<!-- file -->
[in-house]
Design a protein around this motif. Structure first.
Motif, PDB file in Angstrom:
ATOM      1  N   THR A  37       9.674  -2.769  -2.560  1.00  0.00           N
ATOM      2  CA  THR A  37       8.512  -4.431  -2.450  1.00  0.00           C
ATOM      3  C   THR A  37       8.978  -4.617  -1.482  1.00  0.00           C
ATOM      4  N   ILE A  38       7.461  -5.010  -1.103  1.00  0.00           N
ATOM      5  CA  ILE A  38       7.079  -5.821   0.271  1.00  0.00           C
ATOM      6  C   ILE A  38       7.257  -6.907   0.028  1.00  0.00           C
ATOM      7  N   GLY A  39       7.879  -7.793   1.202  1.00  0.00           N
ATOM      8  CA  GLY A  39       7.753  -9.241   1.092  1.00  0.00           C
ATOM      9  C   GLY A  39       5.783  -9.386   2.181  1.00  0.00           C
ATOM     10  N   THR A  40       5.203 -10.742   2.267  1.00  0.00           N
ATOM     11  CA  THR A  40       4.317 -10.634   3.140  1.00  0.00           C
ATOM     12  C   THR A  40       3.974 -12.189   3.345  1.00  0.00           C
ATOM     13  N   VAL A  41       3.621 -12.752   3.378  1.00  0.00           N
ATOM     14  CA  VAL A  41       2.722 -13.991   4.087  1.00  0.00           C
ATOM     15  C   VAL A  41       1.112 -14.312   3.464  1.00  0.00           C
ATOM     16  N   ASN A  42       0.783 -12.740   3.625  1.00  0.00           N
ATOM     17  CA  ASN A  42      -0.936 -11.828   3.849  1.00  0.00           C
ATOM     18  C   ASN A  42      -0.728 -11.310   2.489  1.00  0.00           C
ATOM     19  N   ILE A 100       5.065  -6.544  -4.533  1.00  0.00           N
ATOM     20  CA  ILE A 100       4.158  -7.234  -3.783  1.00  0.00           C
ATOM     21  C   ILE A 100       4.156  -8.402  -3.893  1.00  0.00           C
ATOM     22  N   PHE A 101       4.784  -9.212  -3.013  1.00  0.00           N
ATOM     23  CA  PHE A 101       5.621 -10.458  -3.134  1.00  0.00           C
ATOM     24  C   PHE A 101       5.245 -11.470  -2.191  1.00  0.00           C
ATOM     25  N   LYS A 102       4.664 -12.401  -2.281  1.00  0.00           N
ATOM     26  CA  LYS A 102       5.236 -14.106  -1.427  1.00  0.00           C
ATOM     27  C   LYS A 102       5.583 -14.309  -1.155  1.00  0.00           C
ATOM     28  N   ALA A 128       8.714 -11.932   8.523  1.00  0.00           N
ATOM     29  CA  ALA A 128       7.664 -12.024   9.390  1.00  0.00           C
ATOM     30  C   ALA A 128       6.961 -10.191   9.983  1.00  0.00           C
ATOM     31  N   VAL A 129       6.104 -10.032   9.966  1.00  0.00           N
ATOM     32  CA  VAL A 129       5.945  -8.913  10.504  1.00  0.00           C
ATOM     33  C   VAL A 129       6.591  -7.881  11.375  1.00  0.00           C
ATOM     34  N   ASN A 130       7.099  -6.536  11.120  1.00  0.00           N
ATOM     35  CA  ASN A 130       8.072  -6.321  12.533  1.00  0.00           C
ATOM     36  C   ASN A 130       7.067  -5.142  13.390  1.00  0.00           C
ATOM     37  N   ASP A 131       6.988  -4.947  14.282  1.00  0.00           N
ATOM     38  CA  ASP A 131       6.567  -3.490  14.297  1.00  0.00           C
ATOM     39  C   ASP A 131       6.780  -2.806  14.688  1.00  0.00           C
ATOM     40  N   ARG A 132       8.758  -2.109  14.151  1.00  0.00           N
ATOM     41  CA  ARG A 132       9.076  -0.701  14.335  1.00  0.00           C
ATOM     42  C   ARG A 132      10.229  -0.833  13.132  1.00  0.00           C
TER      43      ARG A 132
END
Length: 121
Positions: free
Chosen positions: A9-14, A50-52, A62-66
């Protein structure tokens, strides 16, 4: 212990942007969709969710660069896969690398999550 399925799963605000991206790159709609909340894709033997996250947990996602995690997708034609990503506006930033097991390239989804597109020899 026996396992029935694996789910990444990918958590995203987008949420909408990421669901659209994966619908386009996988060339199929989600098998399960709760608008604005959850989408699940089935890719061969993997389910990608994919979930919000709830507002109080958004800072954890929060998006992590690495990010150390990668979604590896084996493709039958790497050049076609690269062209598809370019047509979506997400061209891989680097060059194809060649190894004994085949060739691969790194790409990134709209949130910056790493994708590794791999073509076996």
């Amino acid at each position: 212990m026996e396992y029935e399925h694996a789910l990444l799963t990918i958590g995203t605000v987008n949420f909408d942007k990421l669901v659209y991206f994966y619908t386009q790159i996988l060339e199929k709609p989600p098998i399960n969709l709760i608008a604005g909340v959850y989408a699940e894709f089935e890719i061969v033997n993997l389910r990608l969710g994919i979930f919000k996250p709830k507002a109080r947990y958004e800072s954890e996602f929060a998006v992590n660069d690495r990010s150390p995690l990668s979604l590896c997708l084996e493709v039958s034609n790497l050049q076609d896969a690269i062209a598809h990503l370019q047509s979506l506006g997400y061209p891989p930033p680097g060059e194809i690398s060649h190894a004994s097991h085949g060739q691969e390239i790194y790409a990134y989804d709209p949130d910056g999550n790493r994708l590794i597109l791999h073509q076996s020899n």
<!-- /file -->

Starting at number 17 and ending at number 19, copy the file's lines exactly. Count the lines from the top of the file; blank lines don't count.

ATOM     14  CA  VAL A  41       2.722 -13.991   4.087  1.00  0.00           C
ATOM     15  C   VAL A  41       1.112 -14.312   3.464  1.00  0.00           C
ATOM     16  N   ASN A  42       0.783 -12.740   3.625  1.00  0.00           N